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[Improv/Zombie Dawn] Endgame RPG Night Playtest

Started by Paul Strack, April 01, 2007, 02:18:44 AM

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Paul Strack

This was a play-test for a game I am still in the process of writing. The draft may have changed since I ran the game. You can see the current draft here:

I ran the play test at Endgame's Thursday night RPG night:

I had 5 players. Two of them, Brian and Sam, were regulars that I've played with before and who have considerable indie-game experience. The other three (Michelle, Jill and Mark) were friends of Sam and drop-ins that I'd never played with before. From what they told me, their regular game is D&D but they have played indie-games before with Sam.

I started off with my new pitch on what story-games are about: they are games whose rules regulate what the players are able to contribute to the story rather than what the characters can do in the imaginary game world. I gave a few standard examples of the player deciding what is behind the bar when they go to look for weapons and the player deciding what happens when she beats a zombie. The explanation seemed to make sense and didn't take much time.

I then kicked off a discussion of what kind of zombie mood we were looking for, comparing them to various zombie movies. We ended up going for classic zombie-style "ordinary people struggling to survive". I then pushed for a discussion of where the story would take place. People eventually settled on the old standby of a mall. This part was kind of clumsy and didn't kick off the setting discussion the way I wanted. I think that people were still getting used to each other and me as a group and were being cautious.

Next, I guided them through character creation, asking them first to come up with their character concepts. We got the fat clumsy video gamer, the old mall security guard, the tri-athlete working at the shoe store and the jock frat-boy. I asked them what they wanted their goal for the story to be, what they wanted to get at the story of if they survived triumphed. I used this to guide their story-arcs and make sure they had enough elements in the story to get a satisfying resolution.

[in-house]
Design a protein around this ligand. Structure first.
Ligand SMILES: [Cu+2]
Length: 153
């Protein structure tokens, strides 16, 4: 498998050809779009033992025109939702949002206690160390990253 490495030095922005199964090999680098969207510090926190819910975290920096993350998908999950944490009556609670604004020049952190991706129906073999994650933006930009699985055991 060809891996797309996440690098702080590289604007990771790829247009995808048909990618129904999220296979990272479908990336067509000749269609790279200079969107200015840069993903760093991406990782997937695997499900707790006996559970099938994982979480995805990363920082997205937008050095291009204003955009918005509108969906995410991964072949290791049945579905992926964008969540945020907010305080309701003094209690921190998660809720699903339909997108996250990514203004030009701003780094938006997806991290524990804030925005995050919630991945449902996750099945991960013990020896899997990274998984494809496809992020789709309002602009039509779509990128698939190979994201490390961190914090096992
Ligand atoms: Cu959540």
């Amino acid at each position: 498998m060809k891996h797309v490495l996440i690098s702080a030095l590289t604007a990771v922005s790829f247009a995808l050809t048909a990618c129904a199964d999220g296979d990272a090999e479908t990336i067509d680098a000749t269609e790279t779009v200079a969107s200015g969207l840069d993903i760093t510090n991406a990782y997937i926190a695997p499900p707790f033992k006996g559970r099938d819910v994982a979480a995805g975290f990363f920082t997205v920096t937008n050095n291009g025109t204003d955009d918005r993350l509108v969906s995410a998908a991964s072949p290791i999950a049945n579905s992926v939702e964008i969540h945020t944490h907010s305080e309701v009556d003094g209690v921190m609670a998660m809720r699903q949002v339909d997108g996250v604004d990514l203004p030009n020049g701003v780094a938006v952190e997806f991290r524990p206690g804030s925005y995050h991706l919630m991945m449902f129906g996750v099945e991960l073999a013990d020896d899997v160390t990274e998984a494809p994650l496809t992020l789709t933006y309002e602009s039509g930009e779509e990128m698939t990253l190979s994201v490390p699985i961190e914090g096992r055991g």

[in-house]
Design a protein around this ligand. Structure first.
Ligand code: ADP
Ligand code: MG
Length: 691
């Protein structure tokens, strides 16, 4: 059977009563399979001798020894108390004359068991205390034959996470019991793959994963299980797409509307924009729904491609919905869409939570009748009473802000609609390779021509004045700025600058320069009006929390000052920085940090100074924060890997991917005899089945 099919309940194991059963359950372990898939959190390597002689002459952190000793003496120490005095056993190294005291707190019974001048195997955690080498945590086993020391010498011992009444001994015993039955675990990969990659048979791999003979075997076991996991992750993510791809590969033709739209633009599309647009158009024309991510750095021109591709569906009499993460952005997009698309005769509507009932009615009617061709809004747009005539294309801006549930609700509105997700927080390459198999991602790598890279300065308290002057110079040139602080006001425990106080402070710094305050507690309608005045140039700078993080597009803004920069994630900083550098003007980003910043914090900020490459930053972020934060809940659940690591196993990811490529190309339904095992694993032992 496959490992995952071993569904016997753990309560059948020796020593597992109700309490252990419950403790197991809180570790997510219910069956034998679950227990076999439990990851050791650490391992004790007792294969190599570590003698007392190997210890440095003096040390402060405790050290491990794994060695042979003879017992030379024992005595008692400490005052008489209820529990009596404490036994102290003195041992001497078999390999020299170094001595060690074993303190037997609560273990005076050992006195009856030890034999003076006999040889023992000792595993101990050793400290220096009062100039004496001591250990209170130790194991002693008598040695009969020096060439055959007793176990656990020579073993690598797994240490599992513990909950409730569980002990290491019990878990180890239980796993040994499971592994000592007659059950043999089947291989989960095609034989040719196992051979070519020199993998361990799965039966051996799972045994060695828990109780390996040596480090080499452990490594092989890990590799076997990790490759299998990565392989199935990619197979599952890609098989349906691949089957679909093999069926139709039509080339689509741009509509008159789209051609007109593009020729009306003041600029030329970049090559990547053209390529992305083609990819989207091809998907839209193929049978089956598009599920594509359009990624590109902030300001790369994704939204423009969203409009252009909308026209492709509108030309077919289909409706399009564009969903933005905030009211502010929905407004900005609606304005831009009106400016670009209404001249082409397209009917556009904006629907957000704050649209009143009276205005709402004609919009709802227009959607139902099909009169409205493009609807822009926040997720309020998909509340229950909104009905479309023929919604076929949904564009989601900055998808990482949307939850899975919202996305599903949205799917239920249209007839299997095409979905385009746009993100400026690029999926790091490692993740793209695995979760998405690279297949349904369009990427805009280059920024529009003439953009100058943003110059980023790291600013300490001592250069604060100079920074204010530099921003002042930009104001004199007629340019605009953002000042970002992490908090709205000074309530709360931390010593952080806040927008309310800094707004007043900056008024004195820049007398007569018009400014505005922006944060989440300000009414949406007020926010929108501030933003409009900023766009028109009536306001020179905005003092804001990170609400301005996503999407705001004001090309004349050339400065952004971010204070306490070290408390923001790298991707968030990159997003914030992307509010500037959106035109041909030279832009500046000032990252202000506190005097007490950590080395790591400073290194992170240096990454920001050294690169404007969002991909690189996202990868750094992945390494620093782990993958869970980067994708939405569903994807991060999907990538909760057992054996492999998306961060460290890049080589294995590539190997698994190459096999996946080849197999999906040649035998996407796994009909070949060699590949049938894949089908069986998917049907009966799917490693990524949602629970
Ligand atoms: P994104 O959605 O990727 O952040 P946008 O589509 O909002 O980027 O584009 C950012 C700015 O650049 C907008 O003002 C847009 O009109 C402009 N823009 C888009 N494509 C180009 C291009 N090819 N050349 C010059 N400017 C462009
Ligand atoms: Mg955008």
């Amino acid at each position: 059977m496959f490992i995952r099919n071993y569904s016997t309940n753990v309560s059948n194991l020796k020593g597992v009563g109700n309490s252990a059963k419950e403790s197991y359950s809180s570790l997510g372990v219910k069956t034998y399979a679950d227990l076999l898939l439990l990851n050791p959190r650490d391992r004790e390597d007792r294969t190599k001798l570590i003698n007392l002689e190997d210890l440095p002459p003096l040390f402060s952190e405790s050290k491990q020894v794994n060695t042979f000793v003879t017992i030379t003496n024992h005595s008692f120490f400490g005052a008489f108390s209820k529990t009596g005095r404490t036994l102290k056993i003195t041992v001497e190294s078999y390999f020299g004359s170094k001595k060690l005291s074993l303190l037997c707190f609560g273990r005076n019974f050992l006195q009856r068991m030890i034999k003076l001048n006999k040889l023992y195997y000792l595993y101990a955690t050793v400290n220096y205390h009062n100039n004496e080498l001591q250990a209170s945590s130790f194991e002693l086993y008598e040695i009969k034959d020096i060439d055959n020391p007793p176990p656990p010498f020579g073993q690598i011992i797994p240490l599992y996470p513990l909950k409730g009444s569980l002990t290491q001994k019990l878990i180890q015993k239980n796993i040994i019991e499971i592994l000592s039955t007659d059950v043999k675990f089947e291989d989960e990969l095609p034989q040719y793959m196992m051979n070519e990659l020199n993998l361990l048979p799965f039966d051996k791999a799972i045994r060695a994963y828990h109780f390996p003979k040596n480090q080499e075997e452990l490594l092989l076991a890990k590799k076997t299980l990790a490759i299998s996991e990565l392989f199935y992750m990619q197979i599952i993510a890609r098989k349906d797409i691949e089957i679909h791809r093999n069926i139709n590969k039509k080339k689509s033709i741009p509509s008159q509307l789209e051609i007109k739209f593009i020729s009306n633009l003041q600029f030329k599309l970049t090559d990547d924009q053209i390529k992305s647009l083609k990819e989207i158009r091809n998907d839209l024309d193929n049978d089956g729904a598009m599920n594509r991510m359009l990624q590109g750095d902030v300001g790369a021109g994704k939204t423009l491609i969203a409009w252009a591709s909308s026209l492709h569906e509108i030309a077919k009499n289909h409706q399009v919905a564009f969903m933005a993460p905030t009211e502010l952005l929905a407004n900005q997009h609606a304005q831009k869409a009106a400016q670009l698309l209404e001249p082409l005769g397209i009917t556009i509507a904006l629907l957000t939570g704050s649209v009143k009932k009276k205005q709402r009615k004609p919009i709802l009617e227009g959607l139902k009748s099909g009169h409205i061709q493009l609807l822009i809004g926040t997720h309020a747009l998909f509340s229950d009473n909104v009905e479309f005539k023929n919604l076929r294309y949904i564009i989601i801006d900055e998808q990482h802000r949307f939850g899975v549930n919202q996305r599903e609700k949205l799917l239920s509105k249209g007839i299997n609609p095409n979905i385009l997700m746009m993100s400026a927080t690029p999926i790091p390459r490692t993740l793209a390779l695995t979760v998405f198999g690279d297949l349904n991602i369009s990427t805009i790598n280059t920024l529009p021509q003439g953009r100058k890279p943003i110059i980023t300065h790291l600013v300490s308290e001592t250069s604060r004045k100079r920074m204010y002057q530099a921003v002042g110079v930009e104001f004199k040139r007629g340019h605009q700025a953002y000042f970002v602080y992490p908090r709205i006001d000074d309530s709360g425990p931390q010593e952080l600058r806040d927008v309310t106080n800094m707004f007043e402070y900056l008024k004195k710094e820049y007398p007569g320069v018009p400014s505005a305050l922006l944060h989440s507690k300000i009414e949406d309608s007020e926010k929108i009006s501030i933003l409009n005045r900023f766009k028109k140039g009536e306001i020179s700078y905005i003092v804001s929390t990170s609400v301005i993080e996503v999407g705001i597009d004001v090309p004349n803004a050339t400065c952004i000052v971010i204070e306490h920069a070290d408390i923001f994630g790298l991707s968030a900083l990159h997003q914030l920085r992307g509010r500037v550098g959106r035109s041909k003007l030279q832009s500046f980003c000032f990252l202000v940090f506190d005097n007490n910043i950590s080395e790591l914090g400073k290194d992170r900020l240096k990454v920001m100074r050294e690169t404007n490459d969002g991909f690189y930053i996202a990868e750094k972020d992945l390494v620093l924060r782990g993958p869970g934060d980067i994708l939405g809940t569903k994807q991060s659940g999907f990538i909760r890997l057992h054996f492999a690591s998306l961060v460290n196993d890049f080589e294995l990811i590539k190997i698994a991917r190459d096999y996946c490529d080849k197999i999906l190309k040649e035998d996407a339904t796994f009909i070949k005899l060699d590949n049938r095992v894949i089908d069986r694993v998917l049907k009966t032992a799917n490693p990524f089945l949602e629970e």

This is the point where the game really started to click. One of the players suggested that she wanted to become famous enough to attract and marry Justin Timberlake. I pointed out that it would be easier to accomplish this if Justin were actually present at the mall. Another player suggest that Justin could be at the mall filming a movie and a third player suggested they could be filming a *zombie* movie. I loved it. The players realized that it was perfectly OK for them to just make stuff up and from here on out they were spinning as many ideas as I was and playing off each other.

The rest of character generation was pretty easy: just picking a few talents for each character, with prompting from me as to what made a good talent. We had a couple "knows the mall well" talents. This was both appropriate and really cool, because mall knowledge is not a skill people would choose in most RPGs. After char-gen I did a quick run down of how cards, talent use and story-tokens worked. Everyone liked the poker chips. Jill, the regular D&D GM, commented afterwards that she wanted to use chips as visual markers for feat-use in D&D. The whole set up took about 45 minutes.

Rather than explaining conflict, I just got straight into it. Jumping right in was a suggestion from my previous play test and worked pretty well. I set up a scene where the protagonists were at the mall after hours watching the film crew make their zombie movie. Justin Timberlake was in the middle of a dramatic scene with his co-lead (Paris Hilton) when real zombies started eating the zombie movie-extras. Mass confusion reigned and I jumped into an extended conflict.

I set up 4 different "zombies attack" stakes for the players to oppose, making sure to target different things important to them. With some coaching the players picked opposing stakes and I explained the conflict rules as we went through the fight. People seemed to get things pretty quickly, which was very gratifying. After the fight, I explained how winning and losing got them marks in the Death/Insanity/Triumph tracks, which would determine the ultimate fate of their character. I added that they could spend a story-token to discard and redraw their hand and I was done with the rules explanation. By this point we were about 90 minutes into the game and 45 minutes into the story.

From here on out it was just a matter of pushing their story arcs forward towards the goals the players set at the beginning of the game. Rather than doing a scene-by-scene breakdown, I think it would be easier to understand if I described the arcs individually. That is certainly how I remember things. The next 5 paragraphs is just a recitation of what happened, so if you only care about the crunchy rule bits, you can skip ahead.